- "Sales growth: Sales are the life-blood of a company. If sales are drying up, that puts added pressure on profits and cash flows and thus the dividend, too.
- Interest coverage (EBIT/interest expense): If a company is having trouble paying the interest on its debt, there's a greater chance that its creditors will get worried and raise the company's cost of borrowing, which could reduce net income. In a worst-case scenario, the dividend could be cut to accelerate the repayment of principal.
- Net debt/EBITDA: This is a common measure ((Debt-Cash)/EBITDA) that creditors and ratings agencies use to determine credit quality and it's commonly used as a metric in debt covenants. A firm that has borrowed too much or is struggling to pay down its debt relative to its profitability is more likely to have a risky dividend.
- Dividend growth rate: A slowing dividend growth rate could be a sign that the company is less confident in its future growth potential. Eventually, all companies' dividend growth rates decline, but you want to see a steady decrease over many years and not a sharp drop.
- Earnings cover: Even though I don't think it's the best measure of dividend health, earnings cover (Net Income/Dividends Paid) remains the most common metric cited by both companies and investors alike, so it should be considered in any dividend analysis.
- Free cash flow cover: Free cash flow cover ((CFO-CapEx)/Dividends Paid) is a better measure of dividend health than earnings cover because companies don't pay out earnings -- they pay out cash. As such, I'd rather look at a company's cash flows than net income.
- Operating margin: A company whose margins are contracting could be facing increased competitive pressures or becoming less efficient. When this occurs, less money falls to the bottom line and to cash flows and the dividend can become riskier. Cyclical companies' margins will naturally ebb and flow. In those cases, use rolling 5-year margins to account for the business cycle.
- Return on equity: Companies that are unable to sustainably generate returns above their cost of equity are likely destroying shareholder value and usually have lower growth potential. Neither are good things from a dividend perspective."
I have found this a very handy tool to slice and dice a company's dividend related data. For one thing, it s a good reminder to look at coverage from multiple perspectives. Dividend Compass weights FCF cover as 25% of its rating.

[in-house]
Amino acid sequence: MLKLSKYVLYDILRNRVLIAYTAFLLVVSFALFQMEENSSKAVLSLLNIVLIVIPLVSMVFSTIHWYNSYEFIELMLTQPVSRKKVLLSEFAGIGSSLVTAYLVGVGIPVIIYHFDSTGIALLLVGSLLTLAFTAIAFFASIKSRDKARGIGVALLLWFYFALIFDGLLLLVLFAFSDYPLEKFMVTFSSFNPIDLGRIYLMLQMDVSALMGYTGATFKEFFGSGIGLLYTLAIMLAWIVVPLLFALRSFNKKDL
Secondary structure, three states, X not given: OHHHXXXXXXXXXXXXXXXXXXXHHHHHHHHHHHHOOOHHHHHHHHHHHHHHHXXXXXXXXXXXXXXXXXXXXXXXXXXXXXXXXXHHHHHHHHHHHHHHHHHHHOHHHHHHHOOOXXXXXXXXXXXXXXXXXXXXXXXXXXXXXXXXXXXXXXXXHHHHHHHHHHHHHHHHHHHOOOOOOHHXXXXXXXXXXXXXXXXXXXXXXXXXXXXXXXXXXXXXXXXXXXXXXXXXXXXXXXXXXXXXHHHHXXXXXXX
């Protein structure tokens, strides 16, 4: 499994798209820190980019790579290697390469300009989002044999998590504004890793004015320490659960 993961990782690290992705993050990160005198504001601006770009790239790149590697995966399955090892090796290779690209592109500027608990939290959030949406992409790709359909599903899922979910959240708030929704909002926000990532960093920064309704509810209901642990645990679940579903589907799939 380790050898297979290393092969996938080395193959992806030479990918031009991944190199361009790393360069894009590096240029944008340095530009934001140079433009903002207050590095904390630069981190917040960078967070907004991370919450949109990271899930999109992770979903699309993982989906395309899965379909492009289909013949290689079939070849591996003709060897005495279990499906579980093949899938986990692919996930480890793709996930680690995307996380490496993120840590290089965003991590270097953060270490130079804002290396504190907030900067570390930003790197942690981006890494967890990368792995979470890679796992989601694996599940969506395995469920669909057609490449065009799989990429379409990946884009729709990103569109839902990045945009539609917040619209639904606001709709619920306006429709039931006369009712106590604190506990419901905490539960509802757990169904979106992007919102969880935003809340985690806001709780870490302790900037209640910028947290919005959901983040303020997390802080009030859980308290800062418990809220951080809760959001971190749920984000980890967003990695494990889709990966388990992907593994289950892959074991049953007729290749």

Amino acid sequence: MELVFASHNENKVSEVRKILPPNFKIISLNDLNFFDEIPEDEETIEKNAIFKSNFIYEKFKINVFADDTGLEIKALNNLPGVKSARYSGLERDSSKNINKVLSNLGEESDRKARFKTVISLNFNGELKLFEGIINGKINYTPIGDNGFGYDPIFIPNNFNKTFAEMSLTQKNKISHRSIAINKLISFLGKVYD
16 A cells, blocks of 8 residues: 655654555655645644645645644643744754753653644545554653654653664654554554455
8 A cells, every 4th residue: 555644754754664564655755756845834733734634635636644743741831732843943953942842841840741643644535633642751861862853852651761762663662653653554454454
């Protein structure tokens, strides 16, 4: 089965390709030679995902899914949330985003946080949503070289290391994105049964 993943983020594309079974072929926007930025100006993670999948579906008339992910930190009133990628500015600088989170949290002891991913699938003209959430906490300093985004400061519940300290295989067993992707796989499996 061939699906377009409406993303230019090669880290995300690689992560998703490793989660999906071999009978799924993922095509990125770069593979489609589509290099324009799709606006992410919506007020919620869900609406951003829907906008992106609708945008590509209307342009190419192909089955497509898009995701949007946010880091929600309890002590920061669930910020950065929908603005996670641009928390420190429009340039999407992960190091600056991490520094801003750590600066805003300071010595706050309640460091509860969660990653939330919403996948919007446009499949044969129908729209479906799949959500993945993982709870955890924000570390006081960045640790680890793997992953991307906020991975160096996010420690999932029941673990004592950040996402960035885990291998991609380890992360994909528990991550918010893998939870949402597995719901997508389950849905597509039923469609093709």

The Dividend Compass ranks stocks using this rating system
I put Royal Dutch Shell (RDS.B) through the Dividend Compass to get a closer look at the health of its dividend. The results were mixed
Royal Dutch Shell scores well on earnings and revenue related metrics but its Free Cash Flow is pretty mixed. The other negative factor which is pretty easy to spot is anemic dividend growth. You can see the data input below that generate the scores above.
All in all Dividend Compass is a valuable analytical tool. It incorporates most of the key objective data and presents it in a way that helpful to do a quick first pass to get a feel for the company's viability for a dividend investor. The weightings and rankings are subjective, people can have different opinions on them, but they strike me as roughly right. Especially the focus of Free Cash Flow. Notice that yield which is most everyone's first thought in dividend investing does not count for much. Thus, Royal Dutch Shell does not get all that much credit from the Dividend Compass for its 5.3% yield.
Dividend Compass is not a substitute for in depth research. It does provide a profile sketch of the company, in about five minutes of analysis, a picture of Royal Dutch Shell emerges - well managed earnings, good not great on margins and ROE, poor dividend coverage and oscillating FCF cover. It requires more investigation to get beyond these numbers but like all good analytical tools Dividend Compass leads you to the next level of interesting questions to ask.